Featured Artist: Chris Johnson

Posted on January 25, 2014


By Michelle Quina
Photography By Heather Horton and Regina Lucreziano

598732_156410494483835_1518077277_n270x405Every Thursday night at Celtic Crossing, Midtown’s popular Irish pub, you can catch live music performed by Chris Johnson and his band, American Fiction. With a voice that sounds similar to John Mayer’s, Chris Johnson’s alternative/rock sound is unique and versatile. When theGRIND sat down with Chris Johnson we found that Midtown’s rocker was soft-spoken and modest. His passion for music is obvious and he knows how to put on a show.

MQ: How did you become interested in music?

CJ: I believe the first time I became interested in music was when I was very young and my dad used to play his record collection. I loved hearing records from Thin Lizzy, Little Feat, Fleetwood Mac and so many other classics.

MQ: Can you tell me a little bit about your band?

CJ: We call ourselves “American Fiction”. The band consists of Landon Moore on guitar, Blake Rhea on bass, Zach Logan on drums and myself on vocals and guitars. Landon, Zach and I started working up demo’s a little over a year before we actually went and cut the record, more for fun and just pure enjoyment of writing. We eventually had a decent catalog and started picking and choosing what songs would represent us best for the particular project. Landon is a well known bass guitar player among multi-instrumentalist so I tossed out the idea of him actually playing guitar for the band to kind of switch things up and throw some people off. He was pretty hip to the idea so we decided on Blake Rhea who a long time friend of ours to come in and join the group for the bass duties as well as Pat Fusco on the keys.

MQ: What genre would you classify your music as?

Personally, I’d like to call it original because we really did work hard on song arrangements, lyrics, melodies and everything. If you listen from start to finish, you can tell where our influences come from of bands like Bruce Springsteen, The Beatles, Rolling Stones, Led Zeppelin, and newer bands like Tonic, Foo Fighters and others.

MQ: Is there a particular song that never fails to move you?

CJ: Bruce Springsteen – Atlantic City

img_7486MQ: Who are your main musical influences?

CJ: I’ve been a huge fan of Dave Grohl for a while. Stevie Ray Vaughn was another huge influence. I could sit here and list tons of artists but I really enjoy the way he makes making music look effortless. That’s the way it is supposed to be done. I also think there is a great amount of Memphis talent, and Memphis has definitely been a huge inspiration and influence on my whole musical career, this is where it began and what was always around me.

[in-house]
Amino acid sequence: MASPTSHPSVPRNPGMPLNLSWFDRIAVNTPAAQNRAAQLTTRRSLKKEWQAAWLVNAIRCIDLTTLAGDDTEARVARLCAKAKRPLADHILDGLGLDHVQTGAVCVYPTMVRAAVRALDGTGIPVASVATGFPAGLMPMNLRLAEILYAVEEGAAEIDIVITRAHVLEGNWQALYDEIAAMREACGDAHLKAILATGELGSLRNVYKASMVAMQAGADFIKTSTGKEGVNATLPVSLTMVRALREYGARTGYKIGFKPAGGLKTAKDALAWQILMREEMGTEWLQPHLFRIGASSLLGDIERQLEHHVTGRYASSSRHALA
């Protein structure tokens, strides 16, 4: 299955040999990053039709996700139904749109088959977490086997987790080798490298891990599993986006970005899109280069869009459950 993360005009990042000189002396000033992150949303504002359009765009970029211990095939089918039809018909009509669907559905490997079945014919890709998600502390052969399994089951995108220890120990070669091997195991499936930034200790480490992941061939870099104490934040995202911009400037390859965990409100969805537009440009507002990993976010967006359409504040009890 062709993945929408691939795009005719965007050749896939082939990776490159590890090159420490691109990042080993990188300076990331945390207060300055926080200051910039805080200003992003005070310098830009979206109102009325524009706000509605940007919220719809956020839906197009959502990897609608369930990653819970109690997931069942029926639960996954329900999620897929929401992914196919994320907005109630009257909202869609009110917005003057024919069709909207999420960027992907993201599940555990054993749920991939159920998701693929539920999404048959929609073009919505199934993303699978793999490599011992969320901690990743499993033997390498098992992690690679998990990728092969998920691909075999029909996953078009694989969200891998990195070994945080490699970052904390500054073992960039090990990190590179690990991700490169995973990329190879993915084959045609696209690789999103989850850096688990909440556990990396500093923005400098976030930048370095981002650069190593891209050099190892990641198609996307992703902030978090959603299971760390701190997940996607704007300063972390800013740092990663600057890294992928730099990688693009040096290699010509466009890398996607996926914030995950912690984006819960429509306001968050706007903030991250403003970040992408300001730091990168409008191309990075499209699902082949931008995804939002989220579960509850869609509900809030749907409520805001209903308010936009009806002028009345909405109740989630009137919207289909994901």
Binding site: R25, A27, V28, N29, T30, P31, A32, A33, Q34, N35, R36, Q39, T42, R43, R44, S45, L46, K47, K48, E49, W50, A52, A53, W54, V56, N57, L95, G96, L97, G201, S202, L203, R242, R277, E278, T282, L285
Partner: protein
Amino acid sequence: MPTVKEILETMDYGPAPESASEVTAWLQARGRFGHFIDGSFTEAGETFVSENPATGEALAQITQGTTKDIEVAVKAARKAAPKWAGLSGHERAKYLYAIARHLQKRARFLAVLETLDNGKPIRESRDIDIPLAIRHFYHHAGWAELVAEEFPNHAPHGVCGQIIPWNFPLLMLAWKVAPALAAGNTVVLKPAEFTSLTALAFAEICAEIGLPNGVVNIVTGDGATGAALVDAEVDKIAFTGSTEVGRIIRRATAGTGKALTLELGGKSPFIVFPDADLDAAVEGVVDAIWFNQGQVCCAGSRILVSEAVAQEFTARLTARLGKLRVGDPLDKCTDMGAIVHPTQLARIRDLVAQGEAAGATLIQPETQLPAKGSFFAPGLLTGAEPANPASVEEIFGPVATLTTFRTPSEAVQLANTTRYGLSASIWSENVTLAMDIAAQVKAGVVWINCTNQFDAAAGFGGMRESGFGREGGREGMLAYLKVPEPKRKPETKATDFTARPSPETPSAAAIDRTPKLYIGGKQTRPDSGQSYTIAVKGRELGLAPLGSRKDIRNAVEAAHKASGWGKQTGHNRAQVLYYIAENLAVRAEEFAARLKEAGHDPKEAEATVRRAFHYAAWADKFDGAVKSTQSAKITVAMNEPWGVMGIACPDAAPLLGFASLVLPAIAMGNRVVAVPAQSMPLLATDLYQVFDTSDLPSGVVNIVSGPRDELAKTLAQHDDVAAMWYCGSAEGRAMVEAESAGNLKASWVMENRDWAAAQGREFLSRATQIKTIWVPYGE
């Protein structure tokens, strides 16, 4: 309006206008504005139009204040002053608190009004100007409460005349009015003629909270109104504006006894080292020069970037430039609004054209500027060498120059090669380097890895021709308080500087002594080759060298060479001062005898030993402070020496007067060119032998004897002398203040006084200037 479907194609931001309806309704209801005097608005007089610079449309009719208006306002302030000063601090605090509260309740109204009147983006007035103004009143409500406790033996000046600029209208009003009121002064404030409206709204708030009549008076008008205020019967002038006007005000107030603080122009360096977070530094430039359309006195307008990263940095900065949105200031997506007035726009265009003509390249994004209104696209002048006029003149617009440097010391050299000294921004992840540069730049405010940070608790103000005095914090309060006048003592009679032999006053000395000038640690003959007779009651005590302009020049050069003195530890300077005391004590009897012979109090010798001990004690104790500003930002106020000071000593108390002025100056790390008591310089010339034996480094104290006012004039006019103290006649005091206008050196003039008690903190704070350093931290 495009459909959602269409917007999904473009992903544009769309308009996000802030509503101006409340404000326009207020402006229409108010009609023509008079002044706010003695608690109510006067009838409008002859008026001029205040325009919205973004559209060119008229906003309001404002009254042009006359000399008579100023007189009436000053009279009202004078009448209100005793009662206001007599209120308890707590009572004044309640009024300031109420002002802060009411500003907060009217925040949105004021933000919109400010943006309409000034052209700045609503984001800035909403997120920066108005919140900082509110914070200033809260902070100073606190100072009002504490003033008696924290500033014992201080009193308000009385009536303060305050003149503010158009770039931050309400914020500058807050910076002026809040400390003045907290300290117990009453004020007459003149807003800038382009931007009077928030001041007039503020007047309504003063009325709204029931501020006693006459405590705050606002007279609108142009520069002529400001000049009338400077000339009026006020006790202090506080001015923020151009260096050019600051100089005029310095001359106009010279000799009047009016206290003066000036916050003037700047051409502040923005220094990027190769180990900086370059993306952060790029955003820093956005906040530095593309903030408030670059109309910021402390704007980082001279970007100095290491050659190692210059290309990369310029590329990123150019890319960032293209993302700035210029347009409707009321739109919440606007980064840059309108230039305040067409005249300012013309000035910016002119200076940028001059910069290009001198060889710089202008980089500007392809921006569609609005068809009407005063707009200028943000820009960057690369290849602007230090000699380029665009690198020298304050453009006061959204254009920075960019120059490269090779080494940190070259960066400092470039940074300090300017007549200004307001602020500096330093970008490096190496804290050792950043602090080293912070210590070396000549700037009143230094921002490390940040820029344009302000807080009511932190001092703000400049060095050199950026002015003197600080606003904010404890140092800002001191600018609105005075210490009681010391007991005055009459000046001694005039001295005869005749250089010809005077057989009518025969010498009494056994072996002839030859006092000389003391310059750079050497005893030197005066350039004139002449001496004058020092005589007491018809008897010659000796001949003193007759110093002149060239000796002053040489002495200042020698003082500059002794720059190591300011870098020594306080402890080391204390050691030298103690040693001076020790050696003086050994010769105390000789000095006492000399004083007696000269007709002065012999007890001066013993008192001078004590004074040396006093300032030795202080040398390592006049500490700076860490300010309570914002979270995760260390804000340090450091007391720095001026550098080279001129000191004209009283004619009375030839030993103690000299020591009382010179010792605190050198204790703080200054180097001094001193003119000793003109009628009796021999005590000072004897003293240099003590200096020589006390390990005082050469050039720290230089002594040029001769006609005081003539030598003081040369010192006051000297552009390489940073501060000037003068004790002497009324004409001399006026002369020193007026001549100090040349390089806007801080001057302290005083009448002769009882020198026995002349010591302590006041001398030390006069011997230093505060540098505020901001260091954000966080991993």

MQ: Where would you like to find yourself in ten years?

CJ: In ten years from now I hope I can find my keys. But really, I hope I am able to release more music and be successful doing so, but most importantly be ten years better at the only thing I know how to do, make music.

MQ: Were you born in Memphis and if so why did you choose to stay here, if not how did you end up in Memphis?

CJ: I was actually born in Pine Bluff Arkansas, about 50 miles south of Little Rock but have lived in Memphis my whole life. I love watching midtown grow and look forward to the future of Memphis music.

MQ: Do you pride yourself on being a Memphis musician and if so, why?

CJ: I pride myself on the easy to gain knowledge from other Memphis musicians. There are so many crazy talented dudes (and chicks) that I feel like I’ll never stop learning from because all I have to do is head somewhere in Midtown, and someone amazing is jamming. That’s like a free lesson right there. I love to watch, learn and observe. I learned by listening and watching, not lessons. Not that lessons are bad, I just couldn’t afford them. So being able to go out, listen to some really one of a kind players, and then go home and try come up with something that came from their source of influence is just awesome.

MQ: What is it about the Memphis music scene that makes it special to you?

CJ: To be a Memphis musician, is to be a self-contractor. You have to be a go-getter and you have to get out there and put yourself in front of anyone you can. You never know who is watching, so I believe it is important to treat being a musician like any other job, with professionalism. There’s a time and a place for everything, but bottom line is, there’s no place like Memphis and there’s always another musician down the road spending hours of the day practicing. Stay sharp and humble and when it’s time to hit the stage, make sure you are in tune.

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Posted in: Music